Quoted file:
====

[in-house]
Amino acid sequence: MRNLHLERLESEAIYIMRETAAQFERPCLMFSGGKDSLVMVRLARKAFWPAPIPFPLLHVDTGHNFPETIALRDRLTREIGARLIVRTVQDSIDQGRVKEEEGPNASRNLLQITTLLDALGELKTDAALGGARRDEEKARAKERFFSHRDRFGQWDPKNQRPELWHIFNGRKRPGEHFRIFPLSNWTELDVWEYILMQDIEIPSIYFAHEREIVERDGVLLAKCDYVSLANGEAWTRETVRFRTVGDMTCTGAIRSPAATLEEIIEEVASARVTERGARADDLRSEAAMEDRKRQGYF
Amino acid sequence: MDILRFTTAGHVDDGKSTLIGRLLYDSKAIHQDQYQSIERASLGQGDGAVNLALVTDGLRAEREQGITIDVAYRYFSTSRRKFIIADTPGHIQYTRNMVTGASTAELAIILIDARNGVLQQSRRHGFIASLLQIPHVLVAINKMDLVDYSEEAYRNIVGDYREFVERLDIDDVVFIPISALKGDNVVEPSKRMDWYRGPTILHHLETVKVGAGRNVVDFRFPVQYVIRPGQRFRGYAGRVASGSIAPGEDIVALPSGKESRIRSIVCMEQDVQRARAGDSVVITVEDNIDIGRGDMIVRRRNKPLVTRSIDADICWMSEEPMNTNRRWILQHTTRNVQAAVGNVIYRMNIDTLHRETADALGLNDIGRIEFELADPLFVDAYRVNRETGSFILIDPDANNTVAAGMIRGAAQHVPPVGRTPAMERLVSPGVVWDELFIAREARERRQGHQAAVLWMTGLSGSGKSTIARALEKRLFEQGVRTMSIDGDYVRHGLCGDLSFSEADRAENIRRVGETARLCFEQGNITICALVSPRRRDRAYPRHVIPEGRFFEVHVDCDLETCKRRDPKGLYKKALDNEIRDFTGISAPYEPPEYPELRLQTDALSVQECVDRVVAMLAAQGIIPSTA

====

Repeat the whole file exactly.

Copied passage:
[in-house]
Amino acid sequence: MRNLHLERLESEAIYIMRETAAQFERPCLMFSGGKDSLVMVRLARKAFWPAPIPFPLLHVDTGHNFPETIALRDRLTREIGARLIVRTVQDSIDQGRVKEEEGPNASRNLLQITTLLDALGELKTDAALGGARRDEEKARAKERFFSHRDRFGQWDPKNQRPELWHIFNGRKRPGEHFRIFPLSNWTELDVWEYILMQDIEIPSIYFAHEREIVERDGVLLAKCDYVSLANGEAWTRETVRFRTVGDMTCTGAIRSPAATLEEIIEEVASARVTERGARADDLRSEAAMEDRKRQGYF
Amino acid sequence: MDILRFTTAGHVDDGKSTLIGRLLYDSKAIHQDQYQSIERASLGQGDGAVNLALVTDGLRAEREQGITIDVAYRYFSTSRRKFIIADTPGHIQYTRNMVTGASTAELAIILIDARNGVLQQSRRHGFIASLLQIPHVLVAINKMDLVDYSEEAYRNIVGDYREFVERLDIDDVVFIPISALKGDNVVEPSKRMDWYRGPTILHHLETVKVGAGRNVVDFRFPVQYVIRPGQRFRGYAGRVASGSIAPGEDIVALPSGKESRIRSIVCMEQDVQRARAGDSVVITVEDNIDIGRGDMIVRRRNKPLVTRSIDADICWMSEEPMNTNRRWILQHTTRNVQAAVGNVIYRMNIDTLHRETADALGLNDIGRIEFELADPLFVDAYRVNRETGSFILIDPDANNTVAAGMIRGAAQHVPPVGRTPAMERLVSPGVVWDELFIAREARERRQGHQAAVLWMTGLSGSGKSTIARALEKRLFEQGVRTMSIDGDYVRHGLCGDLSFSEADRAENIRRVGETARLCFEQGNITICALVSPRRRDRAYPRHVIPEGRFFEVHVDCDLETCKRRDPKGLYKKALDNEIRDFTGISAPYEPPEYPELRLQTDALSVQECVDRVVAMLAAQGIIPSTA